Wednesday, May 25, 2011
BEA: Day 2
Let's see, I started the day at around 6:30am, so that I could get over to the Javits Center for my 8:00AM author breakfast, which featured Diane Keaton, Jeffrey Eugenides, and Charlaine Harris, and which was hosted by Mindy Kaling from "The Office." I was primarily there to see Eugenides, and happily he spoke the longest and was by far the most interesting. And I think I've got the whole thing on video. Diane Keaton was predictably entertaining and did a fabulous reading from her forthcoming memoir, complete with emotional breakdown and tears. Authentic? The breakfast was well worth attending, despite the early hour--though I've never been to one of these breakfasts that wasn't. There was one disappointment, however. One of the big benefits of plonking down extra cash for the breakfasts is that you usually get copies of the speakers' and host's books. Today, the only book they had available on tables and seats was Charlaine Harris's latest Sookie Stackhouse novel, which is of less than no interest to me. (However, I suspect that it would be of great interest to some of you, so I grabbed a stack for my house, ha ha. Book group and blog giveaways are forthcoming, and if you're one of my RL friends, just let me know if you want a copy. Friendship has benefits. And so does reading my blog, apparently.) Oh, they also had blads of Mindy Kaling's forthcoming book. Apparently Mr. Eugenides was making changes to his novel as recently as... yesterday. He says he's done now, but no galleys for a while, I guess. Fingers crossed for better luck tomorrow.
Another benefit of getting to the hall early is the opportunity to pick up tickets to signings that require them, but I mostly struck out. However, I ran into Heather Graham's husband, Dennis, today (I saw Heather yesterday.) and he did me a good turn. He was like, "Do you want a ticket to the Dave Barry/Ridley Pearson signing?" Oh hell, yes! Not only did I get a signed galley of their really delightful-sounding forthcoming YA novel, the two of them yucked it up on video. They're reliably fun. Thanks, Dennis, you rock! Saw lots of other lovely friends today, including the awesome Laura Caldwell, Rick Mofina, M.J. Rose, and Joshua Corrin. Josh and I were reminiscing about our MWA dinner at the Tonga Room during Bouchercon last October, and what a great time was had by all. What's especially nice is that all of us will be together again in six weeks for Thrillerfest.
Highlights today included lovely chats with Alice Hoffman and Luis Alberto Urrea, who joked about (former San Francisco mayor) Gavin Newsom with me. I got signed galleys from both, and I'm especially excited about reading more Hoffman, as I loved The Red Garden. This is a period drama, and looks very different from that one. The truth of the matter is that I don't remember much about most of the books I acquired today. I was grabbing and stashing today, and spent much less time in lines, and more time walking the show floor.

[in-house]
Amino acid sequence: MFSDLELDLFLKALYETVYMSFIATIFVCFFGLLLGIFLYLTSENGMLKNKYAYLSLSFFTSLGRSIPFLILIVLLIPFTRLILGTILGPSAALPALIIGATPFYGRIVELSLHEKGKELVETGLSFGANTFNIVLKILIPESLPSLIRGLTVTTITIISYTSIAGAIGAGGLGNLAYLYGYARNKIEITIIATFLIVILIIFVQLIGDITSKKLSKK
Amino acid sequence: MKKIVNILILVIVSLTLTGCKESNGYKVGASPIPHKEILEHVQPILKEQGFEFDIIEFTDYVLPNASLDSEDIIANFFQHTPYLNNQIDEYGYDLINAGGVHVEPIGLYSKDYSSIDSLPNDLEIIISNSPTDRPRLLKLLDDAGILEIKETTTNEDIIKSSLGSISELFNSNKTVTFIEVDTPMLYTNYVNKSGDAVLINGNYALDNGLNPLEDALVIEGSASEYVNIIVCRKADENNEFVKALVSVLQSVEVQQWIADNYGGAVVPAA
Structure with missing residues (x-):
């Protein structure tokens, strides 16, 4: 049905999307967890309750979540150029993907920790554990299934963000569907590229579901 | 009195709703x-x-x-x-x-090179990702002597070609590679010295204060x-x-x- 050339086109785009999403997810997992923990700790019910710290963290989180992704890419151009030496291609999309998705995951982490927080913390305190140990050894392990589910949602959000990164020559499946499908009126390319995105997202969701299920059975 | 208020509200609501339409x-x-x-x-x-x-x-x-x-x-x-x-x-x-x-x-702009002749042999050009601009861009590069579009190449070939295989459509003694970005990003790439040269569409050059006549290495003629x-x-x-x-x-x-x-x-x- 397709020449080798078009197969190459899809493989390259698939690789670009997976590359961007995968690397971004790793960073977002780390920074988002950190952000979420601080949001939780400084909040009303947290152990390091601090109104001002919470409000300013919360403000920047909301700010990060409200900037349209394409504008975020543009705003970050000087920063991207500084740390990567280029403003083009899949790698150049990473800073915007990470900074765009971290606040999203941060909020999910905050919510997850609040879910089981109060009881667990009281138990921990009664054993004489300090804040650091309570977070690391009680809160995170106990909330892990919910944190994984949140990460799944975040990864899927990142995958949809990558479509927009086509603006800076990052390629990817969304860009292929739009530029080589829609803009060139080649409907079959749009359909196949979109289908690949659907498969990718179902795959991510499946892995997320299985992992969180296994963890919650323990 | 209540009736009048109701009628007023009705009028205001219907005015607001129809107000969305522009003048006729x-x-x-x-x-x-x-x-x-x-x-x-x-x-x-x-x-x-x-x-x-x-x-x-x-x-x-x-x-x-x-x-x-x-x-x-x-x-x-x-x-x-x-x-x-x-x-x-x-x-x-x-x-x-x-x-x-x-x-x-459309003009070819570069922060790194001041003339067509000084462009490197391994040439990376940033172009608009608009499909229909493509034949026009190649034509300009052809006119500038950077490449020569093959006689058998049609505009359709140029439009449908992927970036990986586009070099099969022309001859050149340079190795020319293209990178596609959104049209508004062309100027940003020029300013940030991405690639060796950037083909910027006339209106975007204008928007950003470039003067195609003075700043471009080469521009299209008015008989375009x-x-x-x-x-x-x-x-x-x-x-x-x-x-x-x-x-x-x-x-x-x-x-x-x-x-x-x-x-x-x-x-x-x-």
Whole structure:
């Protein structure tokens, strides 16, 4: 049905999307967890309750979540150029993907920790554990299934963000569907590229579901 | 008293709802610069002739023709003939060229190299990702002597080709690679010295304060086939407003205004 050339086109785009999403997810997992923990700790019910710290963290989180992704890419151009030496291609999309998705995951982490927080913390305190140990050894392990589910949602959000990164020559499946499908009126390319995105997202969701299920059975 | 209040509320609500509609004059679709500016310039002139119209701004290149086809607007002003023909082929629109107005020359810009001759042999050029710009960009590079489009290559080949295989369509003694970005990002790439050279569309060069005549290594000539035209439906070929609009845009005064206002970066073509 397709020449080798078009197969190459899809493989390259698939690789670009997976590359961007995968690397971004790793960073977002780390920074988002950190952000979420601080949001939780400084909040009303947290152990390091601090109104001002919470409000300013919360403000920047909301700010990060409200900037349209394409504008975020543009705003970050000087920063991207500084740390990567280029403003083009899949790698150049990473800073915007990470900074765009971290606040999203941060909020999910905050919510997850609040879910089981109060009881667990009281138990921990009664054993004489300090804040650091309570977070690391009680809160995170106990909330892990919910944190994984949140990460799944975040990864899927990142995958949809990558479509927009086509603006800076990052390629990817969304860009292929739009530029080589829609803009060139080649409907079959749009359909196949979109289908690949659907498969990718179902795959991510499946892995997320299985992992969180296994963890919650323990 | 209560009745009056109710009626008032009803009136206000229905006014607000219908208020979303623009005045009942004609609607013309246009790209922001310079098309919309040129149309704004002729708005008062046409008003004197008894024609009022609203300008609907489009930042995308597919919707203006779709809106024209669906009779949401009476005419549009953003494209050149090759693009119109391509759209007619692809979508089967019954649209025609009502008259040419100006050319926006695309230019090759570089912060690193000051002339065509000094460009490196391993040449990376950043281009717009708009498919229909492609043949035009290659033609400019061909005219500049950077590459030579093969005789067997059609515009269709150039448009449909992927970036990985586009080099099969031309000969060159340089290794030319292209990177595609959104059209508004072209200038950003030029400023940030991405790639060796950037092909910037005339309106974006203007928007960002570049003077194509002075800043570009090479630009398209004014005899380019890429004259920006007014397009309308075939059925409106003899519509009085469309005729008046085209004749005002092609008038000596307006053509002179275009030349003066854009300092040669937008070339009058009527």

Another BEA observation that many have commented on: There seem to be a lot of librarians attending this year. Is it just that there are fewer booksellers? Anyway, it was a shorter day for me. I played hooky and snuck out early; I had a date with Chris Rock. One more note: I'm buying stock in Dr. Scholl's. It's a miracle product!
Theater Postscript: Yes, my date with Chris Rock was to see the matinee of Motherf**ker With the Hat. Now, among those who know me well--or superficially, for that matter--I have a reputation for being foul-mouthed. I can only wish to be as creative with my obscenity as the cast of this show. I was amazed how profane and yet brilliant the language was! I seriously loved this play, and as brilliant as the performances of the cast of five were, for me it really was about the script. It was a perfect blend of comedy, tragedy, and high drama. The cast really was wonderful, and I believe that three of the five actors are Tony-nominated. Rock was not nominated for this debut performance, but I thought he was strong. It's also worth noting the amazing set and design work. Set changes were a delight to watch. And this show got the standing ovation.
Following the mat., I had the time to sit down for my first real meal all week. It was nice. To sit. And to eat. After which, I went to the theater right across 45th Street from the one I was at in the afternoon. There, I saw Jerusalem, which has been one of the most highly praised productions of the season. I can see why. Mark Rylance is brilliant, and given that he's nominated for the best actor Tony for two separate plays this year, I have to assume he's a shoo-in, and for this play specifically. I don't even know what else to say about this production, other than go see it if you have the chance. Big standing O, and not even three curtain calls would quiet the audience down.